Do Not Stop Planning

Hester Hill Schnipper, LICSW, OSW-C Program Manager, Oncology Social Work, Emeritus

AUGUST 06, 2018

Shop On, Plan On, Live On

Thinking about the future can be daunting and even frightening. People diagnosed with cancer may wonder whether they even have a future—and, if so, how long it might last. Many of those diagnosed with cancer say they are unwilling to buy a new coat or think about a summer vacation, let alone to begin thinking about eventually buying a vacation home or retiring. Some have superstitions about inviting bad karma. More rationally, they may be concerned about spending money they might need for other purposes. These anxieties strike people with a likely curable cancer as well as those living with advanced disease.

The spending vs. saving money part should probably be its own topic as there is much to say. I always remember Maureen who, while living very well and quite long with metastatic breast cancer, liked to remind us in her BIDMC Cancer Center support groupThey don't put pockets in coffins. In other words, spend your money. Barbara likes to tell me that she hopes her very last check will bounce.

Though there is a great deal of discussion about the value of living in the moment, appreciating each day as it comes and trying not to worry about next month or next year, it is important to believe in the future and to allow yourself to plan ahead in positive ways. Here are some suggestions:

1.     Unless and until you have been told time is limited, try to live as though all is well. If there is trouble looming, you will have to deal with it when the time comes. There is no benefit in allowing those fears to contaminate today. We all know that this is much easier said than done.

2.     Try positive affirmations: “I am well today” and “This is a beautiful morning for me to enjoy.”

3.     Break the future into smaller chunks. If you have scans every three months, approach the future in 90-day blocks. If you don't have regular scans think about some other way to divide the year; breaking it into seasons or times of major holidays might work.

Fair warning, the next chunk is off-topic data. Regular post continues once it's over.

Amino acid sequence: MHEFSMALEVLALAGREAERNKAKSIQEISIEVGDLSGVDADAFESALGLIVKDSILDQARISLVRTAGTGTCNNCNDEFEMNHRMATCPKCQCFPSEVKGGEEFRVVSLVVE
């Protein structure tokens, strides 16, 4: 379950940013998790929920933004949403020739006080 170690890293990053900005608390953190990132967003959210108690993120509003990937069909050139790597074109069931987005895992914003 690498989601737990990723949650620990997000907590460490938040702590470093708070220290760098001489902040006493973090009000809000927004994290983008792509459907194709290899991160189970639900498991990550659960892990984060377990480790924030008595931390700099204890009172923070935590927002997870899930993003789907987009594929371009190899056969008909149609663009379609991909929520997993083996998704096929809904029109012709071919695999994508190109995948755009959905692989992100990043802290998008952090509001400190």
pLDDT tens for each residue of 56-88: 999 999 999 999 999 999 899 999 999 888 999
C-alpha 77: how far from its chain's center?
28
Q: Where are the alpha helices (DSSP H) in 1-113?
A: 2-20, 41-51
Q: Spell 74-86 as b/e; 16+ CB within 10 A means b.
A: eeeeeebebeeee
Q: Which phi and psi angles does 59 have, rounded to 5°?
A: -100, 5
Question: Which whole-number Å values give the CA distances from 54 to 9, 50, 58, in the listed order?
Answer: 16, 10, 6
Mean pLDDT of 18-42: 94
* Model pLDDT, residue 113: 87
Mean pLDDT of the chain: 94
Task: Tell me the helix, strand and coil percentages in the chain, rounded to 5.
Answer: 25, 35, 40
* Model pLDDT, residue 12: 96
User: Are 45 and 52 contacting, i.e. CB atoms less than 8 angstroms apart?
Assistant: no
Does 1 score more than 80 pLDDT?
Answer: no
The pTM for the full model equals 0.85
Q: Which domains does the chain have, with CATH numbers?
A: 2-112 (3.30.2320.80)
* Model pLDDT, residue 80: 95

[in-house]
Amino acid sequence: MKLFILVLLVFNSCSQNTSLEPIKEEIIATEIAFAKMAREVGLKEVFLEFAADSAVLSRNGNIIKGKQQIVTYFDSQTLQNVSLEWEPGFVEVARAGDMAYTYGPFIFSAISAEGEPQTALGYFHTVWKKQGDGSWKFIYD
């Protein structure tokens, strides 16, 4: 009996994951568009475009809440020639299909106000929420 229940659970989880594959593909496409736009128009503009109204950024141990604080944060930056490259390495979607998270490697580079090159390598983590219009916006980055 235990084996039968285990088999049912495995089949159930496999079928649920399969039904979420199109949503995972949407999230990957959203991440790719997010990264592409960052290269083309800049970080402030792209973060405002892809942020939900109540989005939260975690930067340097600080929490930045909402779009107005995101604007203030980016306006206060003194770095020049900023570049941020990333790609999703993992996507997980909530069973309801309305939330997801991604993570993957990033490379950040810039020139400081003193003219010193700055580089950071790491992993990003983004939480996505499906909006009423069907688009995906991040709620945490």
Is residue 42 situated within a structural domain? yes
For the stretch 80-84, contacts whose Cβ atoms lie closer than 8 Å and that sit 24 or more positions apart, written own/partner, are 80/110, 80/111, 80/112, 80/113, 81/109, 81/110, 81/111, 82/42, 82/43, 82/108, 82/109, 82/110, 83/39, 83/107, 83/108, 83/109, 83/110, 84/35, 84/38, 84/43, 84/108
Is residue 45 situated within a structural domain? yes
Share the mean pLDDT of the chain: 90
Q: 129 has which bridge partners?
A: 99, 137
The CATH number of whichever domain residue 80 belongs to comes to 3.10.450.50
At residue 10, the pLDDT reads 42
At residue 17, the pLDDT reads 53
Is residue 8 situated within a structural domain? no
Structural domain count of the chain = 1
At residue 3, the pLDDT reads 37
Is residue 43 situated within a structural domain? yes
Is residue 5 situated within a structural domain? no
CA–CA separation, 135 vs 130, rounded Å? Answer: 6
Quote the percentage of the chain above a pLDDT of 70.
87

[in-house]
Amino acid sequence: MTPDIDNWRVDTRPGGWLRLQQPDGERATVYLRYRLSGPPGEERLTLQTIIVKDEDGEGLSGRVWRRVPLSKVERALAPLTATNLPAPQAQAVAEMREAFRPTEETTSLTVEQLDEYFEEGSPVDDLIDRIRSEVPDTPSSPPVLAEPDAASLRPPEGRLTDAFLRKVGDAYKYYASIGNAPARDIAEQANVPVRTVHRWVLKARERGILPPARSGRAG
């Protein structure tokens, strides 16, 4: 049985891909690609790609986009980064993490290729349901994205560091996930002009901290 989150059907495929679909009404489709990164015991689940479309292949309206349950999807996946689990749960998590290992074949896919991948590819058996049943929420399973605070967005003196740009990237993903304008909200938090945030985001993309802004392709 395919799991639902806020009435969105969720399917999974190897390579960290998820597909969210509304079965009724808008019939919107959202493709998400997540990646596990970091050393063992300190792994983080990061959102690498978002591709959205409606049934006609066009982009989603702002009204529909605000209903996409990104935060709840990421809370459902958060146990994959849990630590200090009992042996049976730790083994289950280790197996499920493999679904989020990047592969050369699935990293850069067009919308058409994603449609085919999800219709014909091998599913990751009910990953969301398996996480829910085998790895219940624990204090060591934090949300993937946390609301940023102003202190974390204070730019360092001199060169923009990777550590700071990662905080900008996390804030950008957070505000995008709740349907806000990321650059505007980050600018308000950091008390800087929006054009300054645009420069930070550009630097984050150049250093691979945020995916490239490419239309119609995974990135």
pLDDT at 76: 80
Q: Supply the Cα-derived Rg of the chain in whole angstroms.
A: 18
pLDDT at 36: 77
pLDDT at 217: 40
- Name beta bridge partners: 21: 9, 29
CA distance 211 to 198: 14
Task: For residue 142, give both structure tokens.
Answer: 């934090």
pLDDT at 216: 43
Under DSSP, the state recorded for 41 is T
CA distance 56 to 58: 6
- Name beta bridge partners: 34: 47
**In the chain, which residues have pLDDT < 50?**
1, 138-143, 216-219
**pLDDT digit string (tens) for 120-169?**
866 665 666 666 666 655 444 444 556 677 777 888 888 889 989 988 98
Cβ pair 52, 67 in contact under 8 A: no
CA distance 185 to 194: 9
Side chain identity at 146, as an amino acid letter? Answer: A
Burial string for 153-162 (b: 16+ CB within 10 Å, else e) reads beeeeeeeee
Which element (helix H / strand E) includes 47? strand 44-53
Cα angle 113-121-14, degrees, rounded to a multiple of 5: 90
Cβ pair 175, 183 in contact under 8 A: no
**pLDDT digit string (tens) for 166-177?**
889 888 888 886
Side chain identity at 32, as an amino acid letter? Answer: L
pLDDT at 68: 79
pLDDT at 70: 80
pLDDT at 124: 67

4.     Shop as usual. If you always buy Christmas cards for the next year when they go on sale right after the Dec. 25, continue to do so.

5.     Even if you are being treated and are never sure how you will feel, continue to accept appealing invitations. Your friends will understand if you have to cancel.It is much worse to keep your calendar empty and end up lonely and bored.

6.     If you are worried about a side effect or a symptom affecting your plans, figure out how to manage it. For example, if you know you need extra time in the bathroom in the morning, just schedule your activities a little later. Most people react in more or less the same way to every chemo treatment. You will quickly figure out when to expect your bad days and can schedule things for all the others. 

7.     Continue your normal social traditions. If you host Thanksgiving every year, consider asking others to bring part of the meal or ask if someone else can take primary responsibility for the event. The important thing is to plan Thanksgiving and adapt it as necessary, but expect to be present and hungry.

8.     Go ahead and think about your next vacation. Planning and anticipation are always part of the pleasure. Even for people without health concerns, it is smart to buy trip insurance. If you are worried about having an emergency away from home, think about purchasing medical evacuation insurance. Of course, it is important to speak with your doctor about restrictions on your travel; usually there are few.

9.  Never let your calendar be empty. Audrey taught me the wisdom of keeping two calendars: one for medical appointments and one for everything else. Be especially vigilant about filling the spaces on the second one. If necessary, plan in pencil--but keep planning.

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